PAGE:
As confessions go, it is persuasive and damning. Listen to the tape. The admission is stunning.
If it is the voice of actor Stephen Collins, admitting on a secret tape recording to molesting 3 young girls in both California and New York, he is in serious criminal jeopardy in both jurisdictions. But there are copious legal obstacles for prosecutors if they decide to charge the star of the hit television series, “7th Heaven” who, ironically, portrayed a moralizing pastor who counsels children. One season was devoted to teaching young people to abstain from pre-marital sex.
Yup, that’s irony.
Collins is already in court battling his estranged wife, actress Faye Grant, in an nasty divorce case. The court of public opinion can be equally ugly. Reportedly, Collins has been canned from an upcoming film role and has resigned from the National Board of the Screen Actors Guild. His future in front of a camera may depend on whether he ends up behind bars. So what will happen?
Let’s begin with the voice heard on the tape. Authenticating it should be easy. There would have been two witnesses present at the time of his alleged confession during a visit to a therapist. Either one or both of those individuals could verify it was Collins who was speaking.
Normally, there is a sacrosanct privilege which protects conversations between therapists and patients, although it is waived if a third party attends. It is unclear if the presence of Collins’s wife constitutes a third party. But it doesn’t matter. It wasn’t the therapist who breached the privilege. It was the actor’s wife. She can do so, even if she was a participant in couples counseling.
Moreover, there is no therapist-patient privilege that protects what is heard on the tape-recording. Both New York and California have strict laws that impose an affirmative duty on therapists to report to authorities any evidence of child abuse. Therapists must also report any patient who might pose a danger to others, including children. So, forget any principles of confidentiality.
But is the tape itself admissible evidence in a court of law? The recording reportedly occurred in California which is regarded as an “all party” state. That means, under law, all parties to the conversation must have knowledge of the recording and give consent in advance. Collins did not. However, there is a critical caveat: if Collins was thought to be involved in criminal activity, the conversation can be recorded without consent in order to collect evidence of the suspected crime. That scenario would seem to apply here. Thus, the tape is admissible in a California courtroom.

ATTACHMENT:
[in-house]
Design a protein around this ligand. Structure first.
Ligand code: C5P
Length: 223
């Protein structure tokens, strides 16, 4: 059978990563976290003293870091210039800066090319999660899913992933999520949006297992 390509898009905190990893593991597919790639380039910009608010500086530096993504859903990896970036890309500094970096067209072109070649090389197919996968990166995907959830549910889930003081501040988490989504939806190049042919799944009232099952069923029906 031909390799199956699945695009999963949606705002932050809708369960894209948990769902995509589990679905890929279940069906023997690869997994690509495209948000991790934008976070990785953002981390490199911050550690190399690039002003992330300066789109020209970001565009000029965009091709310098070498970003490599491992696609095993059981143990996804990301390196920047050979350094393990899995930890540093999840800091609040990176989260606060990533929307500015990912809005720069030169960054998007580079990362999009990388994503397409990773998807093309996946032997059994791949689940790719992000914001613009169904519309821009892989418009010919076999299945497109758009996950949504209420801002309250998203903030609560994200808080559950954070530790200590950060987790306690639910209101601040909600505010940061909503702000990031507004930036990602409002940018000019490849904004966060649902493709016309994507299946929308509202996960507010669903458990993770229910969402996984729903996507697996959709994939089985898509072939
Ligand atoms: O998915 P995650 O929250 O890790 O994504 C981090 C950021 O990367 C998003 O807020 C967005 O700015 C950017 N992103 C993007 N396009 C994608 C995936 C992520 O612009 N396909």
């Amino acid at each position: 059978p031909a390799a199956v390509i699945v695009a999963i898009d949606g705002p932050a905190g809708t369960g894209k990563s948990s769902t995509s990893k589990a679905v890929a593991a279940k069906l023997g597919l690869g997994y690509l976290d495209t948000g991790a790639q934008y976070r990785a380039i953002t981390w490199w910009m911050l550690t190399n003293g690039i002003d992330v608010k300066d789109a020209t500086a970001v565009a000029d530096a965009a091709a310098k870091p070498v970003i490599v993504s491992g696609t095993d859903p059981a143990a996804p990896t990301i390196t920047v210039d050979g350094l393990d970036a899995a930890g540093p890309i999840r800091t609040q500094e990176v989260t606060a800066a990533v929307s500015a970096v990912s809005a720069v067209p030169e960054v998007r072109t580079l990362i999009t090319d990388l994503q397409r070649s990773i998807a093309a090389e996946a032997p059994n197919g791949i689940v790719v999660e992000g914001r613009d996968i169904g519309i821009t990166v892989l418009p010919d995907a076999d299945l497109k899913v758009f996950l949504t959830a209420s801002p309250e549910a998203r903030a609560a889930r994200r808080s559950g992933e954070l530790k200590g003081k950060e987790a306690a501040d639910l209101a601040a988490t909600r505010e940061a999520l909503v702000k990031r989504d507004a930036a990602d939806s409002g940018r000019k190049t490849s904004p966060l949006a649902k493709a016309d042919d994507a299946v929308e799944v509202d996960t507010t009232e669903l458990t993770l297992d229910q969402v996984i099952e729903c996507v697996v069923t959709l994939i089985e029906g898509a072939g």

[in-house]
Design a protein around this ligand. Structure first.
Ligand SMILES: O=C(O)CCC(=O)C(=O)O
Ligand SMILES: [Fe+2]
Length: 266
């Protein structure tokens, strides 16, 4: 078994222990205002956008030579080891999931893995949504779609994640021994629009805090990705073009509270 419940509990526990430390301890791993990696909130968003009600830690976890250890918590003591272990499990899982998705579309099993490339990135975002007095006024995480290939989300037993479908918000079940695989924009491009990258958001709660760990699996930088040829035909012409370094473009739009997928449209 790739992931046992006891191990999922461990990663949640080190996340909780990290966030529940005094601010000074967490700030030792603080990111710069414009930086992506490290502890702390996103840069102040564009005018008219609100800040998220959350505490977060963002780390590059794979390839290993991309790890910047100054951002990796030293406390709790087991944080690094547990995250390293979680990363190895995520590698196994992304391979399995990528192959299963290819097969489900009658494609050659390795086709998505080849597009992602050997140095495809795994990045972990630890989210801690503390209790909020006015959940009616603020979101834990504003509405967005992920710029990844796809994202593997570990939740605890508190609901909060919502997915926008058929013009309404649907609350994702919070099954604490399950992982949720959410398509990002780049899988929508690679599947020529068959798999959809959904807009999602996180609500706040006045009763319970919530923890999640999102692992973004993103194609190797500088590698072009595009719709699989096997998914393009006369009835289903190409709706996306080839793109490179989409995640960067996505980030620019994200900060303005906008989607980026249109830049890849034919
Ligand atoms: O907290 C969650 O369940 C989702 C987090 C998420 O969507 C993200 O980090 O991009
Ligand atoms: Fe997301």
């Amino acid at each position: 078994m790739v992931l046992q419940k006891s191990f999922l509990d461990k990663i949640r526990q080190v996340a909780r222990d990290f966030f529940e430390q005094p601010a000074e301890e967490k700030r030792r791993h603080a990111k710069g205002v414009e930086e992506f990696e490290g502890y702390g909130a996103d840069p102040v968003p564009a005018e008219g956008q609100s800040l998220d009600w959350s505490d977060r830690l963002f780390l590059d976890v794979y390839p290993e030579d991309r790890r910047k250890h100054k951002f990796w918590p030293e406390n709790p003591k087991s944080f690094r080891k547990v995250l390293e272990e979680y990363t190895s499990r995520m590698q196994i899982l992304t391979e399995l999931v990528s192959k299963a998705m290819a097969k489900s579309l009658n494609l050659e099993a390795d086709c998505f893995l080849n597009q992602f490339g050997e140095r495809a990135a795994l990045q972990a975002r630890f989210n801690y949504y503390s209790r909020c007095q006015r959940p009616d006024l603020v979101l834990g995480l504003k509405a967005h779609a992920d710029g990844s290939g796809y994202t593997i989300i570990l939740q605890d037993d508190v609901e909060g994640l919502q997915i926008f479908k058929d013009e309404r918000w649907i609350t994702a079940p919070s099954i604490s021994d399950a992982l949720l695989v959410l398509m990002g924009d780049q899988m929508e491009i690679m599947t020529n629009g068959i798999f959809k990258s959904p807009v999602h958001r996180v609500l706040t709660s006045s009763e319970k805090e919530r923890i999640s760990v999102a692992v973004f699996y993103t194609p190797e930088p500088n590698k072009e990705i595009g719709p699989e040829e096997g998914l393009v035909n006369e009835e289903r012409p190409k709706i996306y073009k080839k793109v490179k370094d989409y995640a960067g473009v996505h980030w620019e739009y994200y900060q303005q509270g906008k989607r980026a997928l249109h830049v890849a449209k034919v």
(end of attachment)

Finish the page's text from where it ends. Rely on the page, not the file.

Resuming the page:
What about a New York courtroom? Likely admissible, as well. New York is a “one party” state, which means a person can record his or her own conversations without the knowledge or consent of the other party. Clearly, Collins’ wife knew what she was doing. Indeed, she had been advised by her lawyer to do it.
But the next legal issue is precarious: can Collins be prosecuted for something he allegedly did many years ago? Perhaps decades ago. This is where the statute of limitations comes into play. The timing can be tricky. Also, the exact nature of the suspected abuse can dictate whether the time limitation has lapsed.
In New York, the statute of limitations does not begin until a victim reaches the age of 18 or reports the crime to law enforcement, whichever occurs first. That is when the clock begins ticking. Prosecutors have 5 years within which to bring charges for first and second degree sexual conduct against a child, but only 2 years for sexual misconduct, forcible touching and sexual abuse. At this point, we don’t know the precise timing of events or what kind of abuse may have happened to the girls. If too much time has elapsed, the statute of limitations will have “run” and no prosecution can be had.
But what if Collins was living continuously in California or elsewhere, not New York, during long stretches of time after the alleged offense? If so, New York’s statute of limitations is “tolled” or halted, but only for a maximum of 5 years. Thus, much will depend on the actors’ whereabouts. Since Collins is believed to have sold his Manhattan home in 1997, his residency is unclear.
In California, prosecution would be easier. There is a 10 year statute of limitations for child molestation, but the crime can also be prosecuted within one year of whenever a victim notifies police. So, in truth, there is no 10 year limit. Other sexual assault crimes against children carry a 6 year limit, with a similar suspension of the statute of limitations during the time the victim is a minor. Again, timing will be critical.
Any potential prosecution of Collins will depend on a multitude of factors: where he was living, when the alleged abuse occurred, the relative ages of any victims, and the nature of the purported abuse. As police collect evidence and talk with suspected victims, the clarity of any prosecution will come into focus.
But make no mistake: in the end, it may be the voice of the actor which incriminates him. All you have to do, is listen to the tape.
Gregg Jarrett is a Fox News legal analyst and former defense attorney.